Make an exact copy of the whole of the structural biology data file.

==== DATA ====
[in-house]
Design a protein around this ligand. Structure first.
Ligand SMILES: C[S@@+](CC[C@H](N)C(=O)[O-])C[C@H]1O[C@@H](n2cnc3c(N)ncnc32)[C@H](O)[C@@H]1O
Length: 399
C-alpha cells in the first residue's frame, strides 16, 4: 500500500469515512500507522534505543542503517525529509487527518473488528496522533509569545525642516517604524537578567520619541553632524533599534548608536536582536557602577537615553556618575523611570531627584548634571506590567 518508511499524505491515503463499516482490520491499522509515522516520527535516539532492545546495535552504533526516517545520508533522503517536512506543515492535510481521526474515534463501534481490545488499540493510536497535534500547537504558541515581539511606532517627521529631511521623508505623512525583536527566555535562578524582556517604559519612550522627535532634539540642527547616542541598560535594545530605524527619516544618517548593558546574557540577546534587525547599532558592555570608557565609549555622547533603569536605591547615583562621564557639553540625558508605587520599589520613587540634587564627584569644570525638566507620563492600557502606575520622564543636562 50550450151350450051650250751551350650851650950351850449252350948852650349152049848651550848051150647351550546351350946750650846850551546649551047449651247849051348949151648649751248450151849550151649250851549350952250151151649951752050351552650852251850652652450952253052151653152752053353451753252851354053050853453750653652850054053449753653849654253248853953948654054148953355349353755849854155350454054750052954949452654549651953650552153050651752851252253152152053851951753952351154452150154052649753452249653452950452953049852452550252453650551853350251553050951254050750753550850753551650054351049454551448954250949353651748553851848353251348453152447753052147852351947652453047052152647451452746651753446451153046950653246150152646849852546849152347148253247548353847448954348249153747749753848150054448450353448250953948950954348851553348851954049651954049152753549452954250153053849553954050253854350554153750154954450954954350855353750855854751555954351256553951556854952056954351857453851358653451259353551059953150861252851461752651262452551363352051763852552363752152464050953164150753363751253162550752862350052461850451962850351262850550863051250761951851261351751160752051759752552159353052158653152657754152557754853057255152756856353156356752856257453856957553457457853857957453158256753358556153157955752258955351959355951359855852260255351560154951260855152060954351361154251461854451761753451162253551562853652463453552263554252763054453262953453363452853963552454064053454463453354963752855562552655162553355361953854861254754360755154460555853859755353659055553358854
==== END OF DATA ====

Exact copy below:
[in-house]
Design a protein around this ligand. Structure first.
Ligand SMILES: C[S@@+](CC[C@H](N)C(=O)[O-])C[C@H]1O[C@@H](n2cnc3c(N)ncnc32)[C@H](O)[C@@H]1O
Length: 399
C-alpha cells in the first residue's frame, strides 16, 4: 500500500469515512500507522534505543542503517525529509487527518473488528496522533509569545525642516517604524537578567520619541553632524533599534548608536536582536557602577537615553556618575523611570531627584548634571506590567 518508511499524505491515503463499516482490520491499522509515522516520527535516539532492545546495535552504533526516517545520508533522503517536512506543515492535510481521526474515534463501534481490545488499540493510536497535534500547537504558541515581539511606532517627521529631511521623508505623512525583536527566555535562578524582556517604559519612550522627535532634539540642527547616542541598560535594545530605524527619516544618517548593558546574557540577546534587525547599532558592555570608557565609549555622547533603569536605591547615583562621564557639553540625558508605587520599589520613587540634587564627584569644570525638566507620563492600557502606575520622564543636562 50550450151350450051650250751551350650851650950351850449252350948852650349152049848651550848051150647351550546351350946750650846850551546649551047449651247849051348949151648649751248450151849550151649250851549350952250151151649951752050351552650852251850652652450952253052151653152752053353451753252851354053050853453750653652850054053449753653849654253248853953948654054148953355349353755849854155350454054750052954949452654549651953650552153050651752851252253152152053851951753952351154452150154052649753452249653452950452953049852452550252453650551853350251553050951254050750753550850753551650054351049454551448954250949353651748553851848353251348453152447753052147852351947652453047052152647451452746651753446451153046950653246150152646849852546849152347148253247548353847448954348249153747749753848150054448450353448250953948950954348851553348851954049651954049152753549452954250153053849553954050253854350554153750154954450954954350855353750855854751555954351256553951556854952056954351857453851358653451259353551059953150861252851461752651262452551363352051763852552363752152464050953164150753363751253162550752862350052461850451962850351262850550863051250761951851261351751160752051759752552159353052158653152657754152557754853057255152756856353156356752856257453856957553457457853857957453158256753358556153157955752258955351959355951359855852260255351560154951260855152060954351361154251461854451761753451162253551562853652463453552263554252763054453262953453363452853963552454064053454463453354963752855562552655162553355361953854861254754360755154460555853859755353659055553358854